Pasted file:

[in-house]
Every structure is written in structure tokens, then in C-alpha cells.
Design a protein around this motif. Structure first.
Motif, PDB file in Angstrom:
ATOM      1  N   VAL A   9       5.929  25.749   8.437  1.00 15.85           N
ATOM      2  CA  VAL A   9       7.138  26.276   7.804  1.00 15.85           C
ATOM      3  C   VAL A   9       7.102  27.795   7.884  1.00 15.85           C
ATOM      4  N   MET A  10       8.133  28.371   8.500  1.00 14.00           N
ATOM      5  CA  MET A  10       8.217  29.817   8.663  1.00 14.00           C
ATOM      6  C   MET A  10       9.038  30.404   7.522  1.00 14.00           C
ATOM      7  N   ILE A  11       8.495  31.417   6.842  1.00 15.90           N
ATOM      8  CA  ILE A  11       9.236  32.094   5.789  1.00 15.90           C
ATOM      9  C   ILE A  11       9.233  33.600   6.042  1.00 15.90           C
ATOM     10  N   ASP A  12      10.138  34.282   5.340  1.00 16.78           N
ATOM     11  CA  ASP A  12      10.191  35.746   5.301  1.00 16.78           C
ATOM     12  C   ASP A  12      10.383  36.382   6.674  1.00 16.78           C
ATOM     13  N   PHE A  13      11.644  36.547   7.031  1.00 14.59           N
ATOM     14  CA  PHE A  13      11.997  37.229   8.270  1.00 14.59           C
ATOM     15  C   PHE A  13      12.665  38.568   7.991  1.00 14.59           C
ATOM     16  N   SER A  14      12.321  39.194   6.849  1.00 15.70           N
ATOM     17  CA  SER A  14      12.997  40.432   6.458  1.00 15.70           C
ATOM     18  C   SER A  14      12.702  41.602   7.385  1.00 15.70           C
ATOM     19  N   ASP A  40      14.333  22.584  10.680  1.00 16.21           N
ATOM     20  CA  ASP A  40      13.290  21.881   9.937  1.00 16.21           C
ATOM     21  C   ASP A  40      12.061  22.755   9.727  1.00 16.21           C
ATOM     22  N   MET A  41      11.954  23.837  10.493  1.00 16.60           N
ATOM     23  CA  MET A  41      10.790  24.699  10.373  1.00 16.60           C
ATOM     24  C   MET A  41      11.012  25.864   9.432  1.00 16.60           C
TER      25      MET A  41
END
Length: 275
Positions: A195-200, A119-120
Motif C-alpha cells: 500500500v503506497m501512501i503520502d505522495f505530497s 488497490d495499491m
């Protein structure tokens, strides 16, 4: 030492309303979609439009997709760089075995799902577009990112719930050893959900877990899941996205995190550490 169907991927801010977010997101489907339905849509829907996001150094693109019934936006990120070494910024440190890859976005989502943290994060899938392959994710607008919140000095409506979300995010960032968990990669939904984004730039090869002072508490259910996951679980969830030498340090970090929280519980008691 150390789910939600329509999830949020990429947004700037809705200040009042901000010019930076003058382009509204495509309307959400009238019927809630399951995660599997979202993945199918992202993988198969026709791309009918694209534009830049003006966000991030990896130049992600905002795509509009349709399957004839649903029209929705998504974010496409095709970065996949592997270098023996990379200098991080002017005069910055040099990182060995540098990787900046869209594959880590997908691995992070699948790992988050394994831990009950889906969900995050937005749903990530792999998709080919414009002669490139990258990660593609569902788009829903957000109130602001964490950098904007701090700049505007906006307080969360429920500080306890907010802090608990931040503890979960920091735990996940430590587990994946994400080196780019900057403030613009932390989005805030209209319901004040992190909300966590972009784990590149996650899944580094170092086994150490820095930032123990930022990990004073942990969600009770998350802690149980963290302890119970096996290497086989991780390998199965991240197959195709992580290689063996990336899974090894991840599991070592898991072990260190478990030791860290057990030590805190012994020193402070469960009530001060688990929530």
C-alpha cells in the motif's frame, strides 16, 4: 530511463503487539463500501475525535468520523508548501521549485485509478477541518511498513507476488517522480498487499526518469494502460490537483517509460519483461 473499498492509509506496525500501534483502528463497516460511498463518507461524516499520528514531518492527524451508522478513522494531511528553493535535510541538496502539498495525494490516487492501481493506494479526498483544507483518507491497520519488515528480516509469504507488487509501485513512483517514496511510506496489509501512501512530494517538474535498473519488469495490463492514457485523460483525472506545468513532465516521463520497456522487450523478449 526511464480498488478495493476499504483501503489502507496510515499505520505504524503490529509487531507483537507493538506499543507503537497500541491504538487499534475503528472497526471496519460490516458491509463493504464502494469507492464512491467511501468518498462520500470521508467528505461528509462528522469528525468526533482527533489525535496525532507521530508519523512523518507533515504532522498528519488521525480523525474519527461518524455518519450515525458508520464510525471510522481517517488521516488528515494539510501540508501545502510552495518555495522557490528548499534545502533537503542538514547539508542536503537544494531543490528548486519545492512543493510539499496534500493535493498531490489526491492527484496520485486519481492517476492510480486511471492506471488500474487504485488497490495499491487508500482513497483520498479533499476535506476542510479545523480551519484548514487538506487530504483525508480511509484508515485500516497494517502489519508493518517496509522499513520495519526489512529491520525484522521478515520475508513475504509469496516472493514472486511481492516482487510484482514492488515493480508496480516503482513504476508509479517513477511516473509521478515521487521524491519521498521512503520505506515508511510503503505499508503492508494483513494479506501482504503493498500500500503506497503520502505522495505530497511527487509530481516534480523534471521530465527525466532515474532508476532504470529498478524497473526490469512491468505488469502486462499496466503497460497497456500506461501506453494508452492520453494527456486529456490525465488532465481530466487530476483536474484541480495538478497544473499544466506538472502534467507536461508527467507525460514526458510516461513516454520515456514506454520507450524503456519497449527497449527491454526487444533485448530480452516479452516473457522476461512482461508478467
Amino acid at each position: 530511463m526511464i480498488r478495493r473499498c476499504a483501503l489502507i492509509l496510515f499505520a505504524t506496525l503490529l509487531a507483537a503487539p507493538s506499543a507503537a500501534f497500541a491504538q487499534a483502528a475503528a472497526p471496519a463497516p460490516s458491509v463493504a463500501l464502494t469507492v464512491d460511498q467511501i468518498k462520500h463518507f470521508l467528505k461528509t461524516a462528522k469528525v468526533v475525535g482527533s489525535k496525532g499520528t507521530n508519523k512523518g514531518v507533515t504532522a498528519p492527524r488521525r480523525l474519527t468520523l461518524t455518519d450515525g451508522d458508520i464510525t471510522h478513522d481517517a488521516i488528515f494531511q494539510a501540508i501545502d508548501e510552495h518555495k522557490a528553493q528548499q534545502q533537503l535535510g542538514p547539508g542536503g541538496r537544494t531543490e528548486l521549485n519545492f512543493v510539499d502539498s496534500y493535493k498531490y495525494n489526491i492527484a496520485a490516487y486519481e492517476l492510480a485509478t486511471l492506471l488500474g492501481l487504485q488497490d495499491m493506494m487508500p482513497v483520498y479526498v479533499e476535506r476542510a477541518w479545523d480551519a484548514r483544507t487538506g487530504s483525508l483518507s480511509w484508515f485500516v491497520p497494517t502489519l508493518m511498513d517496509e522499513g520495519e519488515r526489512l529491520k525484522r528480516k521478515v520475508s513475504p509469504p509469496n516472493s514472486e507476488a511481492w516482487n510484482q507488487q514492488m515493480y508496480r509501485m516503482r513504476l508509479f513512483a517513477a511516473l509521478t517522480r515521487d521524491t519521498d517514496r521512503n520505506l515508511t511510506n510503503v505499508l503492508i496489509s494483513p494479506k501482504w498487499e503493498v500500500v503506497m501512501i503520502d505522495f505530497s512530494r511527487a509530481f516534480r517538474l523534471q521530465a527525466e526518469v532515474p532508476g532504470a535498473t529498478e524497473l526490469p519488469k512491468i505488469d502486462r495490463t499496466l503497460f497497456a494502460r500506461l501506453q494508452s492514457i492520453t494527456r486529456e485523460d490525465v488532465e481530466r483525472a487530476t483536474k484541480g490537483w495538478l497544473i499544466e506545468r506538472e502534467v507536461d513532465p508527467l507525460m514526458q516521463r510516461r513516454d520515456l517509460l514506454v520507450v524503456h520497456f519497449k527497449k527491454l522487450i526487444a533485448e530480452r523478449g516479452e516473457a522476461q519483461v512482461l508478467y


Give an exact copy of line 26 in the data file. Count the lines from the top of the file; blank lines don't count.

ATOM     22  N   MET A  41      11.954  23.837  10.493  1.00 16.60           N